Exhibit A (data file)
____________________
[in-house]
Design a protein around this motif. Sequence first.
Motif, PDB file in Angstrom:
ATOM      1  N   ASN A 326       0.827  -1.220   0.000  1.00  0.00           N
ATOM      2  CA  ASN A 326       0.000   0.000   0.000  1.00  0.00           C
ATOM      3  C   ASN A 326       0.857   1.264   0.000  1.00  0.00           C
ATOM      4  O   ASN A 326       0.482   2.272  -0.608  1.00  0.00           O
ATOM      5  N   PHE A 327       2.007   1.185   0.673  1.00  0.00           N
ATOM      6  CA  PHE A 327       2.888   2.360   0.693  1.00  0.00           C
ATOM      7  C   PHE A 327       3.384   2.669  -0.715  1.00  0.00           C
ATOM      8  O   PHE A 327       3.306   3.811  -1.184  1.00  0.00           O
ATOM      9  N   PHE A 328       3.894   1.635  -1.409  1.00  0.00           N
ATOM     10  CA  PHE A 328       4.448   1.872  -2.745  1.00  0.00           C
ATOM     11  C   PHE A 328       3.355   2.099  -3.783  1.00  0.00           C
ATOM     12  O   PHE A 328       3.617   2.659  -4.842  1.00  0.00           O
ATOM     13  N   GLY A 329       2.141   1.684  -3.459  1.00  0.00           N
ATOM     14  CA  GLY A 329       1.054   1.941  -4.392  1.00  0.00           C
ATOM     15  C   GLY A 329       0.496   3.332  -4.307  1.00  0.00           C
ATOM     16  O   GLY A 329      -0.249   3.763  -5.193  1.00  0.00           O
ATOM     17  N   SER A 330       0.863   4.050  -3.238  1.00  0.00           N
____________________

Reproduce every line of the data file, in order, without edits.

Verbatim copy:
[in-house]
Design a protein around this motif. Sequence first.
Motif, PDB file in Angstrom:
ATOM      1  N   ASN A 326       0.827  -1.220   0.000  1.00  0.00           N
ATOM      2  CA  ASN A 326       0.000   0.000   0.000  1.00  0.00           C
ATOM      3  C   ASN A 326       0.857   1.264   0.000  1.00  0.00           C
ATOM      4  O   ASN A 326       0.482   2.272  -0.608  1.00  0.00           O
ATOM      5  N   PHE A 327       2.007   1.185   0.673  1.00  0.00           N
ATOM      6  CA  PHE A 327       2.888   2.360   0.693  1.00  0.00           C
ATOM      7  C   PHE A 327       3.384   2.669  -0.715  1.00  0.00           C
ATOM      8  O   PHE A 327       3.306   3.811  -1.184  1.00  0.00           O
ATOM      9  N   PHE A 328       3.894   1.635  -1.409  1.00  0.00           N
ATOM     10  CA  PHE A 328       4.448   1.872  -2.745  1.00  0.00           C
ATOM     11  C   PHE A 328       3.355   2.099  -3.783  1.00  0.00           C
ATOM     12  O   PHE A 328       3.617   2.659  -4.842  1.00  0.00           O
ATOM     13  N   GLY A 329       2.141   1.684  -3.459  1.00  0.00           N
ATOM     14  CA  GLY A 329       1.054   1.941  -4.392  1.00  0.00           C
ATOM     15  C   GLY A 329       0.496   3.332  -4.307  1.00  0.00           C
ATOM     16  O   GLY A 329      -0.249   3.763  -5.193  1.00  0.00           O
ATOM     17  N   SER A 330       0.863   4.050  -3.238  1.00  0.00           N